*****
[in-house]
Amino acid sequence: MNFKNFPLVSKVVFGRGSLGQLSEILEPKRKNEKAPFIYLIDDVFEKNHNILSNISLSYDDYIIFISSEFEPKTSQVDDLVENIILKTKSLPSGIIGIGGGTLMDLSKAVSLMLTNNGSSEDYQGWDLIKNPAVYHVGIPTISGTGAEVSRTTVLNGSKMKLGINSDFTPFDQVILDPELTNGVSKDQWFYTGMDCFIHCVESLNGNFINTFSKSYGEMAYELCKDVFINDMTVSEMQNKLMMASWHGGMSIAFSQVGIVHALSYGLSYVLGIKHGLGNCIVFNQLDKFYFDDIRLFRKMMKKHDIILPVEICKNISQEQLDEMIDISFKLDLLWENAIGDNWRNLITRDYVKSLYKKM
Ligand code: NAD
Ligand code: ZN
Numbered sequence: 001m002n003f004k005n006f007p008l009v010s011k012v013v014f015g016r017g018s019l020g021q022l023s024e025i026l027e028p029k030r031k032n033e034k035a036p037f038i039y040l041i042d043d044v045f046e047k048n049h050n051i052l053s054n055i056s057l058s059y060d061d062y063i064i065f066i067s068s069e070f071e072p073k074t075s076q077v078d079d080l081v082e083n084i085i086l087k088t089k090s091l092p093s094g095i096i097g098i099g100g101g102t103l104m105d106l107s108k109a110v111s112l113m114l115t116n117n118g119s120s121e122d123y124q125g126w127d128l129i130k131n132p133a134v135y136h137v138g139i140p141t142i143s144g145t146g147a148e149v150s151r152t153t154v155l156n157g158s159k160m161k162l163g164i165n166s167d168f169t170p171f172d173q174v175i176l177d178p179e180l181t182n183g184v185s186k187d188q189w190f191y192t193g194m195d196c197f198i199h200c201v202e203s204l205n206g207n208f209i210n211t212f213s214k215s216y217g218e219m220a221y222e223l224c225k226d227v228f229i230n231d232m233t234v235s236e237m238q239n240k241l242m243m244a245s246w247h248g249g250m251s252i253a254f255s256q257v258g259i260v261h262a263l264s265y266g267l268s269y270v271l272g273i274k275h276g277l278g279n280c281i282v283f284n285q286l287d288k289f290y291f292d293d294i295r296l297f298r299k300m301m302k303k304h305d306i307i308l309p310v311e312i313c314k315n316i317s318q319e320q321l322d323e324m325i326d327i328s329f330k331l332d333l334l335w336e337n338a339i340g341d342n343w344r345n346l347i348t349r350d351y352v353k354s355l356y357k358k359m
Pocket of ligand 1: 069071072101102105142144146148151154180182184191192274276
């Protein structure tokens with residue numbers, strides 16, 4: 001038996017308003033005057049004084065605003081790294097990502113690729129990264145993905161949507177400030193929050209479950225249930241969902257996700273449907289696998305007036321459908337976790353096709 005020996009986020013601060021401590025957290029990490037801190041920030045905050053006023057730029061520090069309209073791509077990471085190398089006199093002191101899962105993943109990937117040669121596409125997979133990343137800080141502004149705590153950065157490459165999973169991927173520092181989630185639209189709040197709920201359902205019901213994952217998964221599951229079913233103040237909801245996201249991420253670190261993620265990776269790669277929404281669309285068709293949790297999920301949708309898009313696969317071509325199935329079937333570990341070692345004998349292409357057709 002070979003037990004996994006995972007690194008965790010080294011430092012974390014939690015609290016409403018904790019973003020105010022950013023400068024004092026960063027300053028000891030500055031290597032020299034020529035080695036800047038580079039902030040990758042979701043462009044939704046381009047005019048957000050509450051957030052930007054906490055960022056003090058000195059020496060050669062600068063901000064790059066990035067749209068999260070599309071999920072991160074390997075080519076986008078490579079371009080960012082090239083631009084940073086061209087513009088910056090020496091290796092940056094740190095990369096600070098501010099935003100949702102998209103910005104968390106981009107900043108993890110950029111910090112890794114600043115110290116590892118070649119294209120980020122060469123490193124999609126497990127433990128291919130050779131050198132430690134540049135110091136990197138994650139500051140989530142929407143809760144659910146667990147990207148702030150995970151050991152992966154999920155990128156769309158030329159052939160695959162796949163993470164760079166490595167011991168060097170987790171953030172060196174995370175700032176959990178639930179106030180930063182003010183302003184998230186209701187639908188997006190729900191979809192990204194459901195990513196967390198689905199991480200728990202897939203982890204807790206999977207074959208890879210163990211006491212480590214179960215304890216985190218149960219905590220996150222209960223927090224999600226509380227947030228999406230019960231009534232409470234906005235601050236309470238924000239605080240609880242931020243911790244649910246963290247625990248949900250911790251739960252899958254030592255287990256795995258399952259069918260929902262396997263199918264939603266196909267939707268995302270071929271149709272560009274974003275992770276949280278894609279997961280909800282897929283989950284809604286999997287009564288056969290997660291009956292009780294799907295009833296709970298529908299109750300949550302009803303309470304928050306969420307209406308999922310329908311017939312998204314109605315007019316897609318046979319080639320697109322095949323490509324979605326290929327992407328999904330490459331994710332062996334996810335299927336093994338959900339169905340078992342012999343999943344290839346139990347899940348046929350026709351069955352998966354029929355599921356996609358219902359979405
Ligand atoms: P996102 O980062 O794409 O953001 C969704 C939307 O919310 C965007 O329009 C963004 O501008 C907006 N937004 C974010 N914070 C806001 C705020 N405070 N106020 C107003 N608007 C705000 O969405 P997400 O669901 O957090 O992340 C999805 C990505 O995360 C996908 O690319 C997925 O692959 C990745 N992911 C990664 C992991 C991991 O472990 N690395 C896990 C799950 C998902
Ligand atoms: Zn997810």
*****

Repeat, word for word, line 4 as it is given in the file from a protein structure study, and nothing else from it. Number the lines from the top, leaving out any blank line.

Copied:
Ligand code: ZN